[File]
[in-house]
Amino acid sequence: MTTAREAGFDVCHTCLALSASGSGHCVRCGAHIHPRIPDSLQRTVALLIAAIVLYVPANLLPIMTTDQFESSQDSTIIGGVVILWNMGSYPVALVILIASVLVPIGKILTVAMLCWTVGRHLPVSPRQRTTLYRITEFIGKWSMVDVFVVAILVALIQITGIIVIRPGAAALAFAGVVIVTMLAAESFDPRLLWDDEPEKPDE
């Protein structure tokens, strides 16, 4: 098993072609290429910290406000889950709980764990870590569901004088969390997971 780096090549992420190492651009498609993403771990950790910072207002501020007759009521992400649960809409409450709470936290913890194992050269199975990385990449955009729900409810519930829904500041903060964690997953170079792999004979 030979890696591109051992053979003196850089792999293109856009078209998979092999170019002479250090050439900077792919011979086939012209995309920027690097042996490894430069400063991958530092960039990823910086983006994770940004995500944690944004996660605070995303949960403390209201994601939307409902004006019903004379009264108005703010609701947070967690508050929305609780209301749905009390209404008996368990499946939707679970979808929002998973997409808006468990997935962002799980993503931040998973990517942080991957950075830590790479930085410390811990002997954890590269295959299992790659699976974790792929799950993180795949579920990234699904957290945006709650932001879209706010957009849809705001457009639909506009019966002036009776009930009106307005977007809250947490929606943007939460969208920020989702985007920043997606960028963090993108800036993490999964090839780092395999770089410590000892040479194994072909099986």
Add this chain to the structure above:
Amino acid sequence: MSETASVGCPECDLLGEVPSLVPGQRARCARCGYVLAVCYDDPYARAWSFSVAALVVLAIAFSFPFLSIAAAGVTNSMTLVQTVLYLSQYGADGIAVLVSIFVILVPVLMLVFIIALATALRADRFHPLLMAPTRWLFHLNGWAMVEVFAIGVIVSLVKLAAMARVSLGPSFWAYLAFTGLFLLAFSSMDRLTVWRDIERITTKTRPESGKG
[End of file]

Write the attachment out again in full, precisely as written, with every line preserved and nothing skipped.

[in-house]
Amino acid sequence: MTTAREAGFDVCHTCLALSASGSGHCVRCGAHIHPRIPDSLQRTVALLIAAIVLYVPANLLPIMTTDQFESSQDSTIIGGVVILWNMGSYPVALVILIASVLVPIGKILTVAMLCWTVGRHLPVSPRQRTTLYRITEFIGKWSMVDVFVVAILVALIQITGIIVIRPGAAALAFAGVVIVTMLAAESFDPRLLWDDEPEKPDE
């Protein structure tokens, strides 16, 4: 098993072609290429910290406000889950709980764990870590569901004088969390997971 780096090549992420190492651009498609993403771990950790910072207002501020007759009521992400649960809409409450709470936290913890194992050269199975990385990449955009729900409810519930829904500041903060964690997953170079792999004979 030979890696591109051992053979003196850089792999293109856009078209998979092999170019002479250090050439900077792919011979086939012209995309920027690097042996490894430069400063991958530092960039990823910086983006994770940004995500944690944004996660605070995303949960403390209201994601939307409902004006019903004379009264108005703010609701947070967690508050929305609780209301749905009390209404008996368990499946939707679970979808929002998973997409808006468990997935962002799980993503931040998973990517942080991957950075830590790479930085410390811990002997954890590269295959299992790659699976974790792929799950993180795949579920990234699904957290945006709650932001879209706010957009849809705001457009639909506009019966002036009776009930009106307005977007809250947490929606943007939460969208920020989702985007920043997606960028963090993108800036993490999964090839780092395999770089410590000892040479194994072909099986």
Add this chain to the structure above:
Amino acid sequence: MSETASVGCPECDLLGEVPSLVPGQRARCARCGYVLAVCYDDPYARAWSFSVAALVVLAIAFSFPFLSIAAAGVTNSMTLVQTVLYLSQYGADGIAVLVSIFVILVPVLMLVFIIALATALRADRFHPLLMAPTRWLFHLNGWAMVEVFAIGVIVSLVKLAAMARVSLGPSFWAYLAFTGLFLLAFSSMDRLTVWRDIERITTKTRPESGKG